With all that wrapping paper, packaging from presents, empty champagne bottles and Christmas cards, it’s no wonder that our household waste rockets over the festive period. Grabbing a black bin liner and cramming all of your waste into one bag may seem like the easiest solution but with a little recycling ‘know how’ you can reduce the stress of clearing up at Christmas and contribute to making our planet a little bit greener.

What can I recycle?

•   Spare the Spruce - Bought a real tree this year? Your Norwegian spruce may have become a member of the family over the festive season but once the New Year celebrations are over, it’s time to bid farewell - or should I say ‘fir -well’ - to your spruce and lay him or her to rest. To recycle your tree you can do either 1 of 3 things

•     Check with your local authority and see if they are doing specialm tree collections. Some offer free collections which you can book.

•      Get the secateurs out and cut it up yourself, then dispose of it in a kerbside green waste recycling bag so it can be composted.

•      Or take your tree to a local recycling centre, where they’ll usually shred it and use the chippings in public parks.

Why not give your local authority a call to see which service they are offering first before you decide.

Scrump the Scraps - Every December we Brits consume over 3,000 tonnes of turkey, 9,000 tonnes of spouts and buy over 370 million mince pies. Sadly, 230,000 tonnes of food gets chucked into our landfills every Christmas too. You could help reduce this astonishingly high figure by composting your organic waste i.e. fruit, veg - anything that’s not processed. Not sure what to do with non-organic left overs? Keep them, and make another meal, there are thousands of recipes out there on the web for our left-overs, soups, curries, sauces - go on, give it a try!

 Anything within date can also be donated to a local food bank.

Craft the Cards - Each year over 1 billion Christmas cards are sent and every single one of them could end up in landfill unless we reuse or refuse. Why not try these..?

•     Get crafty by cutting out the designs from the front of the cards and reuse them as gift tags for next year’s Christmas presents.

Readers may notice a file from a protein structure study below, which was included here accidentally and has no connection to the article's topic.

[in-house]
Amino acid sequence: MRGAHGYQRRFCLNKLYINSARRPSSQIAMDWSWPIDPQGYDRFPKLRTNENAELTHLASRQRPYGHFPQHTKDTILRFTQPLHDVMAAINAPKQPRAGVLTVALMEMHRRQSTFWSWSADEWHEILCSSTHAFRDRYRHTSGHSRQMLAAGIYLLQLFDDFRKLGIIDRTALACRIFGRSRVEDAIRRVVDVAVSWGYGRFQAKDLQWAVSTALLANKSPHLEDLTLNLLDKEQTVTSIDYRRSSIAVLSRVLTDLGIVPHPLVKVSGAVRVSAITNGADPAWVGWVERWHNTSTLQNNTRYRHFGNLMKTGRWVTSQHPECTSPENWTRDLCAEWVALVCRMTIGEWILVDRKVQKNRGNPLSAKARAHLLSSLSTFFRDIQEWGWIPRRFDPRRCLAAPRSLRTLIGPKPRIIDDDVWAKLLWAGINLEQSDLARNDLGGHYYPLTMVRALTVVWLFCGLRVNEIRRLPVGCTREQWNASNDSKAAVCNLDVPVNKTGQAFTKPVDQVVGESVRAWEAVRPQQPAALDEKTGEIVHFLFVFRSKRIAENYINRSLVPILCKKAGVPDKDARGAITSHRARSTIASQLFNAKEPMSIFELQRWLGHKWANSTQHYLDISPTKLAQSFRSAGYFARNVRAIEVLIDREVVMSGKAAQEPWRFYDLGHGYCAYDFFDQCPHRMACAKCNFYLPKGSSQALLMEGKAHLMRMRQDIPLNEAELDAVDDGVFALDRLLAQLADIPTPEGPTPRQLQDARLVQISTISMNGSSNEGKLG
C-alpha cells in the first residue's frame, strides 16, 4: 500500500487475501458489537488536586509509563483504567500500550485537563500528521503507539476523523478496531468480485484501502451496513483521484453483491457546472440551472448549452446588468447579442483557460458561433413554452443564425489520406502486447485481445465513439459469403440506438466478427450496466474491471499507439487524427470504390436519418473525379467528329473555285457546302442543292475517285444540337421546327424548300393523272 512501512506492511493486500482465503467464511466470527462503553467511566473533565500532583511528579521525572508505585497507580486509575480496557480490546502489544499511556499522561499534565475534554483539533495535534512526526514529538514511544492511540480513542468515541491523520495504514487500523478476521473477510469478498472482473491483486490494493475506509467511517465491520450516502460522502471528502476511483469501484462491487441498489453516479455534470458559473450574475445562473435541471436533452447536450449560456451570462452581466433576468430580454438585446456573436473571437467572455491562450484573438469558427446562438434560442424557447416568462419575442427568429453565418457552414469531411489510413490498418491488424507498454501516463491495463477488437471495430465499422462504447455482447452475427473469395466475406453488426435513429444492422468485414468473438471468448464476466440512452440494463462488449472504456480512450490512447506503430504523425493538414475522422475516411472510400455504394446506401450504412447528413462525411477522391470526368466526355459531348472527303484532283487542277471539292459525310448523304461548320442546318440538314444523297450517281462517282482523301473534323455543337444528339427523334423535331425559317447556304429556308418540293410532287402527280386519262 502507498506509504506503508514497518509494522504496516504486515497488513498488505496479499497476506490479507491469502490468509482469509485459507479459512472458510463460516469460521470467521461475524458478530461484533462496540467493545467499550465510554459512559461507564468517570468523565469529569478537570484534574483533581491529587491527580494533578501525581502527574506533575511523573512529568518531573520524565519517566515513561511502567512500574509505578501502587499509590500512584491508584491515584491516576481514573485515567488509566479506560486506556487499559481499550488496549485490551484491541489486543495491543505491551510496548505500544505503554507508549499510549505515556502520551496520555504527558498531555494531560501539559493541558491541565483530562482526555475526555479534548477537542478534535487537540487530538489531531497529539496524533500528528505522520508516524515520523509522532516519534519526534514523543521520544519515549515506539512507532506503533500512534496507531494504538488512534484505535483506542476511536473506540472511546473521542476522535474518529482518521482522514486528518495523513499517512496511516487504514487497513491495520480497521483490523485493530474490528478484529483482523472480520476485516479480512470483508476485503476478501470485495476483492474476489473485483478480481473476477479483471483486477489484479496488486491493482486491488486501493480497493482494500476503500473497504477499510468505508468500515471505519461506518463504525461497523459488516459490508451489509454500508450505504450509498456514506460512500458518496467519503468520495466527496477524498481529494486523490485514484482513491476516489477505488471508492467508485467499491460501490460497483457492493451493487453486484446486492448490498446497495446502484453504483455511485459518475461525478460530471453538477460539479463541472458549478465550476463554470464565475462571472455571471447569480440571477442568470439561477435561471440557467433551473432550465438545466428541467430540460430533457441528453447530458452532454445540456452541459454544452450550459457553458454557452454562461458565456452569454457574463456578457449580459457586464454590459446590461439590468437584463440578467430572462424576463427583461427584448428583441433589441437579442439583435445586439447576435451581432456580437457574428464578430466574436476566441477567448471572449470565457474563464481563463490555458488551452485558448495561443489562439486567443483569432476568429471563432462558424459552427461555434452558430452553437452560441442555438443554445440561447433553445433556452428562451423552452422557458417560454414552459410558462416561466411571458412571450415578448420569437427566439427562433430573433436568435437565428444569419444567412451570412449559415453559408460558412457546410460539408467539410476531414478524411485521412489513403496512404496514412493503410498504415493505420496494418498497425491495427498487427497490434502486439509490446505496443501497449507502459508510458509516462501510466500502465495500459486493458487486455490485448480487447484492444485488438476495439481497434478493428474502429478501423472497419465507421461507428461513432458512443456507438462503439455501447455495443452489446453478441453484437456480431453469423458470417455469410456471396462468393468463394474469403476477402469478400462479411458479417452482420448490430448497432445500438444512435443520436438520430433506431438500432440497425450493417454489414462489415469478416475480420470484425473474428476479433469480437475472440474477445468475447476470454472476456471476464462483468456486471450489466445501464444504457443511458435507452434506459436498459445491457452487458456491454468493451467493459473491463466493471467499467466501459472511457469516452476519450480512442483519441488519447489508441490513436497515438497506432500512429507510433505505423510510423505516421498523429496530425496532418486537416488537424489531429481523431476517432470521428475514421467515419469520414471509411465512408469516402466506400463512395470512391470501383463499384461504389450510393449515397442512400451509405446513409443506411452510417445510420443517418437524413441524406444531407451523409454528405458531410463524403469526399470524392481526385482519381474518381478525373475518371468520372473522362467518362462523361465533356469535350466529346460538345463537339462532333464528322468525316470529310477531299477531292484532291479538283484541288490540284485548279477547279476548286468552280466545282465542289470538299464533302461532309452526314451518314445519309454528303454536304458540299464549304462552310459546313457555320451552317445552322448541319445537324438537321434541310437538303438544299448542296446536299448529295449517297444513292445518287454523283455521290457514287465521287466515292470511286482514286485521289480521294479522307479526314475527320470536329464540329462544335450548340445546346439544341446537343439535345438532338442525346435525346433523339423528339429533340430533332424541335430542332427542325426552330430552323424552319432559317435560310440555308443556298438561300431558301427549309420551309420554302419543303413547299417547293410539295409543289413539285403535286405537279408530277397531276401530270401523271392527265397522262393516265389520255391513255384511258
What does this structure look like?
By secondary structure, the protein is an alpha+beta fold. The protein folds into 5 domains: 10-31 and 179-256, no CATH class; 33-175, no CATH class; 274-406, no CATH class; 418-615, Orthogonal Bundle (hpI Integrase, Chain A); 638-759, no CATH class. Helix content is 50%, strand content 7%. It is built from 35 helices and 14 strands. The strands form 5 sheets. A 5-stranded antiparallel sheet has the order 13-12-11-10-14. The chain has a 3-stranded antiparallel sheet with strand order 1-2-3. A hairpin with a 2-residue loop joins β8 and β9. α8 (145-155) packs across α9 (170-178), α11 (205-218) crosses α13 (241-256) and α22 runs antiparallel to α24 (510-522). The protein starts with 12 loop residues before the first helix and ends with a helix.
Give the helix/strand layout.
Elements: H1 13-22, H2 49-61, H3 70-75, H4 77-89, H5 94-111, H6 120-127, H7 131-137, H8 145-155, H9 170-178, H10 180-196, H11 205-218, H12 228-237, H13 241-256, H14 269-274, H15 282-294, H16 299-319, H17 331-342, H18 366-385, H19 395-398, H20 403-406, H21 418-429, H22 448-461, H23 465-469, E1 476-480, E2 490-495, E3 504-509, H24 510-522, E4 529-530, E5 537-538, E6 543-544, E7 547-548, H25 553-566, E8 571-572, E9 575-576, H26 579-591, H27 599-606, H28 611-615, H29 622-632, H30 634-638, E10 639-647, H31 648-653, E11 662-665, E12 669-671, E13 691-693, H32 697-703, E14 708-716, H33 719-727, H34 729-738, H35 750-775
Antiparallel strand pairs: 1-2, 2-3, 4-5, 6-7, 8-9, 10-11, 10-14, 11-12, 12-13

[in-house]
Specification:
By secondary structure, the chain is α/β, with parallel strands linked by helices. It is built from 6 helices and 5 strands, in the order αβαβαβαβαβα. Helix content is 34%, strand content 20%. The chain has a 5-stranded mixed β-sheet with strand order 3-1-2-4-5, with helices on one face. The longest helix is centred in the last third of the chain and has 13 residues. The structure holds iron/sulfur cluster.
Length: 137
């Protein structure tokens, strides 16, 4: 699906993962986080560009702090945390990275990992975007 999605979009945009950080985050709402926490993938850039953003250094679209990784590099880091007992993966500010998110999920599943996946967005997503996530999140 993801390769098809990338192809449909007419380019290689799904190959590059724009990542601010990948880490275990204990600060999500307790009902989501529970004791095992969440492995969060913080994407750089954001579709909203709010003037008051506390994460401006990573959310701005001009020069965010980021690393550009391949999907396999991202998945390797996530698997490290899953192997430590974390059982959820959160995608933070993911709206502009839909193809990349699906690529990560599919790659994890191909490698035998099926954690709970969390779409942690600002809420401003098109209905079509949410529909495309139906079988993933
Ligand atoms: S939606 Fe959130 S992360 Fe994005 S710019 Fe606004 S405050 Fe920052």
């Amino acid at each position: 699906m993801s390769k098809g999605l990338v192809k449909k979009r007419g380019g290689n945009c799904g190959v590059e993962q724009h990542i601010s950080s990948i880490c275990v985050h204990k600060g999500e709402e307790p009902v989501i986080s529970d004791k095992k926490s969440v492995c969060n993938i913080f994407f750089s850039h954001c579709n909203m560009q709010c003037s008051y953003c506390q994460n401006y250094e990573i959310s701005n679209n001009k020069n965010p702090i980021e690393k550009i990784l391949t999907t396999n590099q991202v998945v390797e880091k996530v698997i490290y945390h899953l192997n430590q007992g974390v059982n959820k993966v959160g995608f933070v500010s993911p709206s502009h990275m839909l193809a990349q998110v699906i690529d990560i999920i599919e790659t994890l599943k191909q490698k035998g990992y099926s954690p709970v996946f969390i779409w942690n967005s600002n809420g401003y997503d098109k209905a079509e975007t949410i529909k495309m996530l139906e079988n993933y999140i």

•     Keep some cards for the kids; the thicknesses of the cards are usually just right for making things like stencils and templates.

•     Alternatively, dispose of them in a kerbside blue recycling bag, box or bin. Make sure to remove any plastic or glittery embellishments beforehand so that they can be recycled. In January some high street stores participate in a Christmas card collection scheme, so look out for them whilst you’re mooching about the sales.

Pluck the Packaging - Recycling packaging can prove a little tricky as it can require separating and sorting due to the various materials used. Sounds like hard work? You needn’t fear, the national recycling campaign ‘Recycle Now’ have a guide on their website that carefully explains packaging symbols so you can group recycling efficiently.

Not all packaging for toys and gifts print these symbols so if you’re unsure here’s a general guide -

•    Most paper and cardboard can be recycled, just remember to flatten boxes before putting them into kerbside recycling bags for ease of transport.

•    Plastic blisters labelled PET OR PETE may be able to be recycled. Please check with your Local Council.

•    Plastic film and wire ties are generally not recyclable and should be separated and put in rubbish bins.            

Bag the Bottles - Possibly the easiest waste to recycle is glass. For jam jars, wine bottles, beer bottles, spirit bottles, sauce bottles, pickle jars etc after a quick rinse under the tap, you can pop it into a kerbside recycling bag or box. However, if you really want to get crafty again some glass containers can make great candle holders, jam jars for tea lights, wine bottles for dinner candles.          .

There you have it, a quick insight into the world of recycling. As they say there’s no time like the present, so why not give recycling a whirl and give Mother Nature a gift this Christmas?